Comments from Leslie:
This week’s experts had excellent tips. If you’re looking for a telecommuting job, I recommend bookmarking this page and referring to it to make sure you’re sending the best resume possible. I’d like to echo a few of the most important points:
- Tailor your resume to the industry, job and company you’re applying to. The better the fit, the more likely you’ll move on in the hiring process.
- Always be professional. That includes using formal language, but also responding quickly to any requests made by the employer.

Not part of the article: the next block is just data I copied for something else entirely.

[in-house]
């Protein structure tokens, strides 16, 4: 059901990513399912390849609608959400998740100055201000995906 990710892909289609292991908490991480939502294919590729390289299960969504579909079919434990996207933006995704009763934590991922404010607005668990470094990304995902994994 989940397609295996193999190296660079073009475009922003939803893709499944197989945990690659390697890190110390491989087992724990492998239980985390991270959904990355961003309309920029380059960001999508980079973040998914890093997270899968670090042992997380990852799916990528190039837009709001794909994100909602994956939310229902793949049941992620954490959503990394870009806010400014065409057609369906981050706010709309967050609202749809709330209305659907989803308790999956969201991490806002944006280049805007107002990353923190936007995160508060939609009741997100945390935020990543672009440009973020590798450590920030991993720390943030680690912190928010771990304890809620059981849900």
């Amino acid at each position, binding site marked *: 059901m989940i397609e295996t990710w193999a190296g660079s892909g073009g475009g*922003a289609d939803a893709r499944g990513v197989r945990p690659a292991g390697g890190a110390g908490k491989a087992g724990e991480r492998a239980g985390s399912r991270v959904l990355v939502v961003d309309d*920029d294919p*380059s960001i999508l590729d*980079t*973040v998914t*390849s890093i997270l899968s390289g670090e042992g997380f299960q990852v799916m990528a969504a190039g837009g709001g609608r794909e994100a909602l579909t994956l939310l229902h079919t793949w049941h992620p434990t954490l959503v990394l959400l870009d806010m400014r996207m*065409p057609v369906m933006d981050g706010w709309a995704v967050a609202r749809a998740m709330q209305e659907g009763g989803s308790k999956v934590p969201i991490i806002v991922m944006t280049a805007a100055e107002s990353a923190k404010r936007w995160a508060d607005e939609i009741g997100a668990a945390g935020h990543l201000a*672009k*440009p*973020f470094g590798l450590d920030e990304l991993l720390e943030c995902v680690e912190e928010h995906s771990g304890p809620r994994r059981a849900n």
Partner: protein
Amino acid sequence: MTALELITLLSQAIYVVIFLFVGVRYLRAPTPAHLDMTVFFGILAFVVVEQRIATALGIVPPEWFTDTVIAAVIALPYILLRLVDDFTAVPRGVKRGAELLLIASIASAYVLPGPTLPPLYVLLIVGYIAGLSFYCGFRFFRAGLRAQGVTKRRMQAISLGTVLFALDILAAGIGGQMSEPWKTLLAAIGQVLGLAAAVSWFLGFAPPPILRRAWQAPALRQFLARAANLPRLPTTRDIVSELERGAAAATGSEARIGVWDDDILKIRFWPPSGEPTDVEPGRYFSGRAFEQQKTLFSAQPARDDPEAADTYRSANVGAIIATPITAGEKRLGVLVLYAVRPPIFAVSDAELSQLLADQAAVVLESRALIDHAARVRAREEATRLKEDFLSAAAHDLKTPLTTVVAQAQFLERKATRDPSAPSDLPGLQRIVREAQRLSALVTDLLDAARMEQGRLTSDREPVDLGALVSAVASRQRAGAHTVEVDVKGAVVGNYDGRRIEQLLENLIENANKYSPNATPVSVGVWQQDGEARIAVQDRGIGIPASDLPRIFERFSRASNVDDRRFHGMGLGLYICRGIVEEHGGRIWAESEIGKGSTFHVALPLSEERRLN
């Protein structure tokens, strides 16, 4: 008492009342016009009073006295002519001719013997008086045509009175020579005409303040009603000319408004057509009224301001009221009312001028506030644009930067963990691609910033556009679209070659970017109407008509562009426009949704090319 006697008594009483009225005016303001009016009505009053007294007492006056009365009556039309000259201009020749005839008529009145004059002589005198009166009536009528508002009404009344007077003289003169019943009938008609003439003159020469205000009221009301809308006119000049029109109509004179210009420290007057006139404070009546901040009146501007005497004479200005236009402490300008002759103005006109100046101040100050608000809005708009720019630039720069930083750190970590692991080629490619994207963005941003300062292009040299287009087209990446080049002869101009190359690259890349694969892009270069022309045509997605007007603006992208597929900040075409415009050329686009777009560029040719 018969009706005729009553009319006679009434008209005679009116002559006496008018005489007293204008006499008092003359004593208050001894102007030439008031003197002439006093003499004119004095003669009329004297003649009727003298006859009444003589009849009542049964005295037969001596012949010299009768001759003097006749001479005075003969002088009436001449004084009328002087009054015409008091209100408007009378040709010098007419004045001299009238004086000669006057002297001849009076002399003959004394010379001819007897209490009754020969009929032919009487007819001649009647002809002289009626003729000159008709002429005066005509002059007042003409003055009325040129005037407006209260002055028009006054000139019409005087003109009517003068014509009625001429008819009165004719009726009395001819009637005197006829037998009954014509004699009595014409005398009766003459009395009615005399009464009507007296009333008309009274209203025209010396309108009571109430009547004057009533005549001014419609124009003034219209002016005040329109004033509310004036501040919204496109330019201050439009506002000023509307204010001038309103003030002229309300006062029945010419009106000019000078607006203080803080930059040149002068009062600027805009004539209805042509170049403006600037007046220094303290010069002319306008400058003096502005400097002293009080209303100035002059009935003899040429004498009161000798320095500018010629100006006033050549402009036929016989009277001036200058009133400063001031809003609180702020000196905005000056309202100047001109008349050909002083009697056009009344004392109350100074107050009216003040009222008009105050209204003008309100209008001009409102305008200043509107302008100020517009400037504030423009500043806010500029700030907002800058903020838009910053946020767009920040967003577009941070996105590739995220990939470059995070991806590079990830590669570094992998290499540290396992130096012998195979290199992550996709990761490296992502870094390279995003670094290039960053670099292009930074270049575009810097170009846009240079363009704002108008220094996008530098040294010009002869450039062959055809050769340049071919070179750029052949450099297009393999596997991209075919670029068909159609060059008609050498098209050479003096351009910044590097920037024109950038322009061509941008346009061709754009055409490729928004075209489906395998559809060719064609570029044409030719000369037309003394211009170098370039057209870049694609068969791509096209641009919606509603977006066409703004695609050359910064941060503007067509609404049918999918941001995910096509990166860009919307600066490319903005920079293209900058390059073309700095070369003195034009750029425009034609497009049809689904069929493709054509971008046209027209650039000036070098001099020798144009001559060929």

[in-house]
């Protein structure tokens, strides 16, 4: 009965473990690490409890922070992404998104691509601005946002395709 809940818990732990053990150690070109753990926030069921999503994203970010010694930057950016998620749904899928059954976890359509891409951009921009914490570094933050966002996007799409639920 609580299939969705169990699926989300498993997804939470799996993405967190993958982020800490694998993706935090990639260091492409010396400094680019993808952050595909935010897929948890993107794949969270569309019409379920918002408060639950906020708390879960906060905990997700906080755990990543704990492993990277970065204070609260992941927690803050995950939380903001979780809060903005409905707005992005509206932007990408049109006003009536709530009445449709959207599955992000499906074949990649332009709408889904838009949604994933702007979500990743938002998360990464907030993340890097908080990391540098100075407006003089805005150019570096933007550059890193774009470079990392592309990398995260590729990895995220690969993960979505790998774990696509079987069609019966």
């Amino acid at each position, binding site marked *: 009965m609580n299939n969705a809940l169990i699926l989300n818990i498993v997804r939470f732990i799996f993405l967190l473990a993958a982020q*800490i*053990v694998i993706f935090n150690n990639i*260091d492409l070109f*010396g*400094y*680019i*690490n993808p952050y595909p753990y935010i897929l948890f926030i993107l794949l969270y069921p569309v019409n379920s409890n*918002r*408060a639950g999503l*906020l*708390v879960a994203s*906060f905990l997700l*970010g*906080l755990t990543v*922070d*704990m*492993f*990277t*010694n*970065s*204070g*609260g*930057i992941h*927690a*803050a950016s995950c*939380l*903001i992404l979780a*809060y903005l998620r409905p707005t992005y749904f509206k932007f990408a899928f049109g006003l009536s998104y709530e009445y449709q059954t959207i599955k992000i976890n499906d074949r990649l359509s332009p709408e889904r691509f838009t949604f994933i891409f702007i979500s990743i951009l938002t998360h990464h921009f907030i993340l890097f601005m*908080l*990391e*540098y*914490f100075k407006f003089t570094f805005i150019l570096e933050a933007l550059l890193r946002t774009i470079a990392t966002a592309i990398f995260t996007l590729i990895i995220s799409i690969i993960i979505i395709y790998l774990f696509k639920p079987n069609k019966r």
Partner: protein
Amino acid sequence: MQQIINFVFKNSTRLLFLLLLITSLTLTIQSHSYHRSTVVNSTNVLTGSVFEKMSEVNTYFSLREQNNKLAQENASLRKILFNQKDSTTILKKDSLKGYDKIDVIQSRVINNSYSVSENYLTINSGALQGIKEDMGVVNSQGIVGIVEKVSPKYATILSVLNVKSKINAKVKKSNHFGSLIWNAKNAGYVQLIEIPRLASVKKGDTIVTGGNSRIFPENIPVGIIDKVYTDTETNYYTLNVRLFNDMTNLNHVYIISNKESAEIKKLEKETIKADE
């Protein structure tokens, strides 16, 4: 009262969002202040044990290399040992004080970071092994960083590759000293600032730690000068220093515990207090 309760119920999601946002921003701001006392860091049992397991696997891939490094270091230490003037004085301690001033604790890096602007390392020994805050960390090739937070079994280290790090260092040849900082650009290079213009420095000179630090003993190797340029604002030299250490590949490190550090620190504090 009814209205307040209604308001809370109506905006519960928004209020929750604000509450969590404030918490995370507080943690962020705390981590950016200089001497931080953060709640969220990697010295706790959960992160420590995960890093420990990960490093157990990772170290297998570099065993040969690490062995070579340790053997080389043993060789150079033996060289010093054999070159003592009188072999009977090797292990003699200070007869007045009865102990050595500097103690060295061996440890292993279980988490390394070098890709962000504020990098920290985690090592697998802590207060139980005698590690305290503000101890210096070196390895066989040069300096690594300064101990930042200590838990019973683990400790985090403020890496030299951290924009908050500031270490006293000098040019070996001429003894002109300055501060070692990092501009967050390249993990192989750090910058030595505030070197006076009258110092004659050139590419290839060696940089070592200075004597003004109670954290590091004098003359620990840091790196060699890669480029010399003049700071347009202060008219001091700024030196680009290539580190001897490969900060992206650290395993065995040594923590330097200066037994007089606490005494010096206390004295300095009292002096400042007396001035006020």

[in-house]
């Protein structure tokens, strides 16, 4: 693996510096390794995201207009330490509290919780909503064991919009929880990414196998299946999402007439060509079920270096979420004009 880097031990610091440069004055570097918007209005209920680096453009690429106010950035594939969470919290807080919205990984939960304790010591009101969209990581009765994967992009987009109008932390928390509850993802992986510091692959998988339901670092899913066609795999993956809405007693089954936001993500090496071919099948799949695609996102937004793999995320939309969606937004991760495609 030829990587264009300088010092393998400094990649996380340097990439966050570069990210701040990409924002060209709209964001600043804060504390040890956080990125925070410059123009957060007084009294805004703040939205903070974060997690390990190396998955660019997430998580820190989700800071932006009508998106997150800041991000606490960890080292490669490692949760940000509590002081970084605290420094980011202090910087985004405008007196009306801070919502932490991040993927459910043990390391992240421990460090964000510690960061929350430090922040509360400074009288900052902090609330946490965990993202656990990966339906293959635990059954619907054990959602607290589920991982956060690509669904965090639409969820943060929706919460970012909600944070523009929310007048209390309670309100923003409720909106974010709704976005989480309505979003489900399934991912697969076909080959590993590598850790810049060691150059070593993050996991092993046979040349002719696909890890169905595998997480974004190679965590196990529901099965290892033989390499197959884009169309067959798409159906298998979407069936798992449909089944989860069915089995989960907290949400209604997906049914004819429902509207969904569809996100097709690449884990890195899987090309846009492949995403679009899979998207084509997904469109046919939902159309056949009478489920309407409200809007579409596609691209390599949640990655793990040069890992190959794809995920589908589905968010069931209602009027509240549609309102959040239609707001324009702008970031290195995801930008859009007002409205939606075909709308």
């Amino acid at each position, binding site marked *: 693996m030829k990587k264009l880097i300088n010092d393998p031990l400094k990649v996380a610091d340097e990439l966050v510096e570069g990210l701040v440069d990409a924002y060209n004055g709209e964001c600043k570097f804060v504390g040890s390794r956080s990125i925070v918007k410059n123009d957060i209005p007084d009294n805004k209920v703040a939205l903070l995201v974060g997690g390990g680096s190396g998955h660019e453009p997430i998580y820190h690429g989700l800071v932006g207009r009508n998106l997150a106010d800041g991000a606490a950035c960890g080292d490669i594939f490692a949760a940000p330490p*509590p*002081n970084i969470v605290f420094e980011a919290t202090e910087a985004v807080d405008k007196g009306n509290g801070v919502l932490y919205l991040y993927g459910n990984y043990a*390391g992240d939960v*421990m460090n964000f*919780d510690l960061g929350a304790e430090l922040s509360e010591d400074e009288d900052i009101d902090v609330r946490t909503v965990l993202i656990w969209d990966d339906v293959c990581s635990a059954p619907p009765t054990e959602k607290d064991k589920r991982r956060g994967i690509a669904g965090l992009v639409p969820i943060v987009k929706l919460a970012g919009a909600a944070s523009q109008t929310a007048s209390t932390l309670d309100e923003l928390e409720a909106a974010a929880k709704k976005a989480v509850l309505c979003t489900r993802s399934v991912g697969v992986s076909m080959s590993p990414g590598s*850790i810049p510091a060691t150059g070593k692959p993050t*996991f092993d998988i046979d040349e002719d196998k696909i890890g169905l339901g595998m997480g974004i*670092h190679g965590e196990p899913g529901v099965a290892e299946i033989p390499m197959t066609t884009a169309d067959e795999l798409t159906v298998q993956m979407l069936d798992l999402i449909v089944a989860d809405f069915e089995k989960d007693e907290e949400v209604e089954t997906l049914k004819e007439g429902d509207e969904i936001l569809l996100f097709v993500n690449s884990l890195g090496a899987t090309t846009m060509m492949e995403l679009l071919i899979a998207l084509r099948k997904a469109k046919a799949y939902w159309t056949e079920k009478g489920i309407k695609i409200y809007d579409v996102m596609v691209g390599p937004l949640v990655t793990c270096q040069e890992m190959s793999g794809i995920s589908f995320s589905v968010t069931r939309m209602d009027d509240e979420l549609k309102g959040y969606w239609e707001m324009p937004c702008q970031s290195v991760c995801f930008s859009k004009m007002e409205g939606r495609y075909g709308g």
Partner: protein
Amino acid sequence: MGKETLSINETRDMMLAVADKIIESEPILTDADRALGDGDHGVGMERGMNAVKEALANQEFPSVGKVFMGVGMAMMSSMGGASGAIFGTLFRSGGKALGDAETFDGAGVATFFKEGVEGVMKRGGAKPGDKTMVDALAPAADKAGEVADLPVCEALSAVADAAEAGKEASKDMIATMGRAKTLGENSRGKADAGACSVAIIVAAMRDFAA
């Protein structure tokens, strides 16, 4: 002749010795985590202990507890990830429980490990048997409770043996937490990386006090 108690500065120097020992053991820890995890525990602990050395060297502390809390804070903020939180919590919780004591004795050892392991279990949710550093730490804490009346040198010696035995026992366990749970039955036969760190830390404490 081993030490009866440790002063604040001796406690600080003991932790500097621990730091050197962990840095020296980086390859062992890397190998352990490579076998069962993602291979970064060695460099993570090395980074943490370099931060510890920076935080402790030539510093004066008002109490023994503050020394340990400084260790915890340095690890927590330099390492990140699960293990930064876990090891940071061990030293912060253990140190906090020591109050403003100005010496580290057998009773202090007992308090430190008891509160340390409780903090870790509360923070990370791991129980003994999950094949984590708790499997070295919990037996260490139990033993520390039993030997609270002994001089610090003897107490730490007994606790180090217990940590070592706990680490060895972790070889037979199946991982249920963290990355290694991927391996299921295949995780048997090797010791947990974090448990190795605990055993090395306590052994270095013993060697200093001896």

- Have your resume and/or portfolio online. Also, work to get rid of questionable content that can make employers question your character. Employers will Google you, so work to have them find items that show you’re a quality employee.
- If you’re emailing your resume in the body of the email or pasting online, make sure you use basic text to avoid formatting and other issues that can come submitting online. Check out the video below for tips:
Leslie Truex is an ideaphoric writer, speaker, entrepreneur, social worker and mom trying to do it all from the comfort of her home. Since 1998, she's been helping others create careers they love by providing work-at-home information and resources through Work-At-Home Success.